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New Primary Care Model Embraces Value-Based Reimbursement

CMS designed a new initiative to strengthen primary care by offering value-based reimbursement models that hope to improve outcomes by offering financial incentives.

By Jacqueline Belliveau

- This week, CMS announced its largest multi-payer initiative to improve primary care and introduce new value-based reimbursement models.

Value-based reimbursement model for primary care providers

The Comprehensive Primary Care Plus (CPC+) model aims to help practices transition from the “one-size-fits-all, fee-for-service” healthcare system to value-based reimbursement by offering financial incentives.

CPC+ will be implemented in up to 20 regions, which include approximately 5,000 practices. The program could affect more than 20,000 physicians and clinicians as well as 25 million patients.

The new initiative builds on the Comprehensive Primary Care Initiative, a CMS Innovation Center model that was launched in 2012 and will end later this year.

“Strengthening primary care is critical to an effective health care system,” said Patrick Conway, MD, CMS Deputy Administrator and Chief Medical Officer.

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“By supporting primary care doctors and clinicians to spend time with patients, serve patients’ needs outside of the office visit, and better coordinate care with specialists we can continue to build a health care system that results in healthier people and smarter spending of our healthcare dollars. The Comprehensive Primary Care Plus model represents the future of health care that we’re striving towards.”

The CPC+ model intends to foster the delivery of advanced primary care by partnering Medicare with commercial and state health insurance plans.

The advanced primary care model consists of five integral components:

• Services are accessible, responsive to an individual’s preference, and patients can take advantage of enhanced in-person hours and 24/7 telephone or electronic access.

• Patients at highest risk receive proactive, relationship-based care management services to improve outcomes.

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• Care is comprehensive and practices can meet the majority of each individual’s physical and mental health care needs, including prevention. Care is also coordinated across the health care system, including specialty care and community services, and patients receive timely follow-up after emergency room or hospital visits.

• It is patient-centered, recognizing that patients and family members are core members of the care team, and actively engages patients to design care that best meets their needs.

• Quality and utilization of services are measured, and data is analyzed to identify opportunities for improvements in care and to develop new capabilities.

Under CPC+, some primary care practices will also offer more complex medical and behavioral health services. Participating practices that have more experience providing advanced primary care will be expected to apply the key components to more advanced services, such as assessments of psychosocial needs and an inventory of resources and support for those needs.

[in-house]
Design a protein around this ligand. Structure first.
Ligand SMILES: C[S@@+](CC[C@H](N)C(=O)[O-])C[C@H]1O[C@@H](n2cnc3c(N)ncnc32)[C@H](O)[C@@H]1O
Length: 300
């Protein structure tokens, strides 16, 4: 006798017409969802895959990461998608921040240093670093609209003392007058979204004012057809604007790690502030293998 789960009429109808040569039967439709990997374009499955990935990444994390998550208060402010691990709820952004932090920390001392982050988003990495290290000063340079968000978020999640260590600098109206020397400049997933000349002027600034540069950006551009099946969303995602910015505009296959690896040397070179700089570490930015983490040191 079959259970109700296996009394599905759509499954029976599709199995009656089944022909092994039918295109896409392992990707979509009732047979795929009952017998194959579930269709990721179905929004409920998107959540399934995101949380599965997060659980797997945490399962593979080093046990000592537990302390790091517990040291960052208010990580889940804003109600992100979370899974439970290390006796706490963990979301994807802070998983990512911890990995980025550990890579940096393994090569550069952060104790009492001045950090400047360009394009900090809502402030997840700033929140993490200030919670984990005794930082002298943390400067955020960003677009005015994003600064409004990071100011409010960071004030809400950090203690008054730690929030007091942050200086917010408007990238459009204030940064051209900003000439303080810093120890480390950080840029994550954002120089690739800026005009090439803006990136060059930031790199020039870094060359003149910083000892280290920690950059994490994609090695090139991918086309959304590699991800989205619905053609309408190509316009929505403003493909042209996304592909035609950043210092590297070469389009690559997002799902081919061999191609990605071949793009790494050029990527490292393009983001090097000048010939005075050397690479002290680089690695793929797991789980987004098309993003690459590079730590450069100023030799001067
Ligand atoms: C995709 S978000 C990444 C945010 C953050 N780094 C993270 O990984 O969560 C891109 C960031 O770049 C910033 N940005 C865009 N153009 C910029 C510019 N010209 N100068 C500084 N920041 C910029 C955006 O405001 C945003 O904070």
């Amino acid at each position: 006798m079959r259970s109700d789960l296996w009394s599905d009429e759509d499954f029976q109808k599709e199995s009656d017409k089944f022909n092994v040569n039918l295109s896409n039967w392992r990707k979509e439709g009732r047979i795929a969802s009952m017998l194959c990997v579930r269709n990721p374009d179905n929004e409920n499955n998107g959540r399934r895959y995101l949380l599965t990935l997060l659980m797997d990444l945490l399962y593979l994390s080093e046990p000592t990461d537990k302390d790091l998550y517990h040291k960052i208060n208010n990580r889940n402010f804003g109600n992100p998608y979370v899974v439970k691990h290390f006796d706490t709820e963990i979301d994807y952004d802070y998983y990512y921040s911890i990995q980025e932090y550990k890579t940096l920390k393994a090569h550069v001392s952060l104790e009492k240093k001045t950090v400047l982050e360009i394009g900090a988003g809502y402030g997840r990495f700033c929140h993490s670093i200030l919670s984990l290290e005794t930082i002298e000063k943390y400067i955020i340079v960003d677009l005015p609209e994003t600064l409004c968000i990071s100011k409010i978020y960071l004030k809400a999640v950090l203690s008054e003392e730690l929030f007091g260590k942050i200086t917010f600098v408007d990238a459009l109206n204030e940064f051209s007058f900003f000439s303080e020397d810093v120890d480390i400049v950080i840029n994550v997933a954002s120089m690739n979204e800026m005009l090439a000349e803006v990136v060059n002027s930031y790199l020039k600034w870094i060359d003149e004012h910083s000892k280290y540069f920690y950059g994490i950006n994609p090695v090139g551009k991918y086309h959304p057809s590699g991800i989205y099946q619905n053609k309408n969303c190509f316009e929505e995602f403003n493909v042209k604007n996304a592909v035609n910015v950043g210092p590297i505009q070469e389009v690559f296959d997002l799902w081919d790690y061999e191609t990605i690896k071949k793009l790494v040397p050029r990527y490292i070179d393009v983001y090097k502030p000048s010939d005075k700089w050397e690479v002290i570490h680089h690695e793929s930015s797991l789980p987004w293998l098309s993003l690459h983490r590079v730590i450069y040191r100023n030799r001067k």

The initiative presents more than a care delivery model. It also transforms how primary care physicians are paid for value-based care.

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All primary care practices in CPC+ will receive upfront incentive payments from Medicare and partnered healthcare payers. The prospective payments are designed to help practices implement advanced primary care processes and acquire the necessary staff.

“Instead of shared savings, CPC+ will feature bonus incentives that are prepaid and ‘at risk’ based on practice performance on utilization measures (eg, risk-adjusted hospital admission rates) and quality measures (electronic clinical quality and patient experience),” stated CMS in a JAMA article detailing the initiative. “Prepayment of the incentive capitalizes on the behavioral economics theory of loss aversion, thereby heightening practices’ focus on the utilization and quality measures.”

Based on quality and utilizations measures, the practices will either keep or pay back the financial incentives.

Participants in the advanced care delivery program will receive a monthly care management fee of $28 per beneficiary and $100 for each patient that qualifies as a complex case.

CMS will provide participating practices with data on cost and utilization from Medicare, and, eventually, partnered healthcare payers. Providers will also receive a learning system that allows physicians to use data to rework care delivery models and improve care quality.

According to the authors of the JAMA article, CPC+ improves on the original Comprehensive Primary Care Initiative by developing better value-based reimbursement models and providing more resources for advanced primary care.

The payment tracks in CPC+ offer a stronger financial incentive structure than the shared savings model in the Comprehensive Primary Care Initiative, according to JAMA.

In the original model, healthcare providers did not receive reimbursement payments in a timely manner because of a “time lag in collecting cost data and the regional aggregation of practices required for accurate calculation of shared savings.”

As the healthcare systems transitions to value-based reimbursement, primary care offices are becoming the main site of care for most patients. CMS aims to support primary care physicians with providing more services while maintaining high quality care.

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